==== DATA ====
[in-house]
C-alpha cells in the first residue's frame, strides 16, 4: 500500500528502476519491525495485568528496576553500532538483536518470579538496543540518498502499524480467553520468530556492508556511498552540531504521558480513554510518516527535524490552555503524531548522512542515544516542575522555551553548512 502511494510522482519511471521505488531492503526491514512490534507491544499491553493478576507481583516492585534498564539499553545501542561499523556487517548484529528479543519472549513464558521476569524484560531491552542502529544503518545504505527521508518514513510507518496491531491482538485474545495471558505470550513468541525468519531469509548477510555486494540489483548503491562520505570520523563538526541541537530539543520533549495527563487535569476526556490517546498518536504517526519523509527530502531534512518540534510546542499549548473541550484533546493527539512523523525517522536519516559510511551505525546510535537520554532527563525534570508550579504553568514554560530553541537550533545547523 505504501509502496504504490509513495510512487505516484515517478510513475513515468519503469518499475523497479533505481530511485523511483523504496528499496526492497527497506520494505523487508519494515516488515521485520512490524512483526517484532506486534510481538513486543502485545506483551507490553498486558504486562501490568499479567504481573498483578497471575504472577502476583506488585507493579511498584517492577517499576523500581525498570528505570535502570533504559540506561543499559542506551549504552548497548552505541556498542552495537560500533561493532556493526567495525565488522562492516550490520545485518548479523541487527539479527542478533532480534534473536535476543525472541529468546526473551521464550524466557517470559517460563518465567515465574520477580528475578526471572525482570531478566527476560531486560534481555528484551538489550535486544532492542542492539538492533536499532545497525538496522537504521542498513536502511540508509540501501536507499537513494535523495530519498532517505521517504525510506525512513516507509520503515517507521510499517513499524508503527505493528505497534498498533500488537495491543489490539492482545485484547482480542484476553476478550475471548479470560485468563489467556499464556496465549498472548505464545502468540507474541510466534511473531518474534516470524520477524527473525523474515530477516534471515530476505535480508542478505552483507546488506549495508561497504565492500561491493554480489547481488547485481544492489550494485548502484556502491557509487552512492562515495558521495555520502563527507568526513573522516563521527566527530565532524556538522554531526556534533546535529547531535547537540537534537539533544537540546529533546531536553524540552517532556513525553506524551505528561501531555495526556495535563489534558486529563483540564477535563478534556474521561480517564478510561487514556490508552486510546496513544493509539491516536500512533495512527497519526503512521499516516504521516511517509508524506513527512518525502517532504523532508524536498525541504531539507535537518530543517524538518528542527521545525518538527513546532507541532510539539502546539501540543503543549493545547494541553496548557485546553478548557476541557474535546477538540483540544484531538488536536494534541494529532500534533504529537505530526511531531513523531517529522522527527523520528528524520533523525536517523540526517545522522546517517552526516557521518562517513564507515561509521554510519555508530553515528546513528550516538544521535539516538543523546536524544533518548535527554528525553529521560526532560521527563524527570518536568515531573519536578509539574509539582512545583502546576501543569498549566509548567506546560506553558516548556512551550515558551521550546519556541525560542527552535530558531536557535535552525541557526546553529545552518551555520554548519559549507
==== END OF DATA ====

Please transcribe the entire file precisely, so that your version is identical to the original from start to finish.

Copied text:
[in-house]
C-alpha cells in the first residue's frame, strides 16, 4: 500500500528502476519491525495485568528496576553500532538483536518470579538496543540518498502499524480467553520468530556492508556511498552540531504521558480513554510518516527535524490552555503524531548522512542515544516542575522555551553548512 502511494510522482519511471521505488531492503526491514512490534507491544499491553493478576507481583516492585534498564539499553545501542561499523556487517548484529528479543519472549513464558521476569524484560531491552542502529544503518545504505527521508518514513510507518496491531491482538485474545495471558505470550513468541525468519531469509548477510555486494540489483548503491562520505570520523563538526541541537530539543520533549495527563487535569476526556490517546498518536504517526519523509527530502531534512518540534510546542499549548473541550484533546493527539512523523525517522536519516559510511551505525546510535537520554532527563525534570508550579504553568514554560530553541537550533545547523 505504501509502496504504490509513495510512487505516484515517478510513475513515468519503469518499475523497479533505481530511485523511483523504496528499496526492497527497506520494505523487508519494515516488515521485520512490524512483526517484532506486534510481538513486543502485545506483551507490553498486558504486562501490568499479567504481573498483578497471575504472577502476583506488585507493579511498584517492577517499576523500581525498570528505570535502570533504559540506561543499559542506551549504552548497548552505541556498542552495537560500533561493532556493526567495525565488522562492516550490520545485518548479523541487527539479527542478533532480534534473536535476543525472541529468546526473551521464550524466557517470559517460563518465567515465574520477580528475578526471572525482570531478566527476560531486560534481555528484551538489550535486544532492542542492539538492533536499532545497525538496522537504521542498513536502511540508509540501501536507499537513494535523495530519498532517505521517504525510506525512513516507509520503515517507521510499517513499524508503527505493528505497534498498533500488537495491543489490539492482545485484547482480542484476553476478550475471548479470560485468563489467556499464556496465549498472548505464545502468540507474541510466534511473531518474534516470524520477524527473525523474515530477516534471515530476505535480508542478505552483507546488506549495508561497504565492500561491493554480489547481488547485481544492489550494485548502484556502491557509487552512492562515495558521495555520502563527507568526513573522516563521527566527530565532524556538522554531526556534533546535529547531535547537540537534537539533544537540546529533546531536553524540552517532556513525553506524551505528561501531555495526556495535563489534558486529563483540564477535563478534556474521561480517564478510561487514556490508552486510546496513544493509539491516536500512533495512527497519526503512521499516516504521516511517509508524506513527512518525502517532504523532508524536498525541504531539507535537518530543517524538518528542527521545525518538527513546532507541532510539539502546539501540543503543549493545547494541553496548557485546553478548557476541557474535546477538540483540544484531538488536536494534541494529532500534533504529537505530526511531531513523531517529522522527527523520528528524520533523525536517523540526517545522522546517517552526516557521518562517513564507515561509521554510519555508530553515528546513528550516538544521535539516538543523546536524544533518548535527554528525553529521560526532560521527563524527570518536568515531573519536578509539574509539582512545583502546576501543569498549566509548567506546560506553558516548556512551550515558551521550546519556541525560542527552535530558531536557535535552525541557526546553529545552518551555520554548519559549507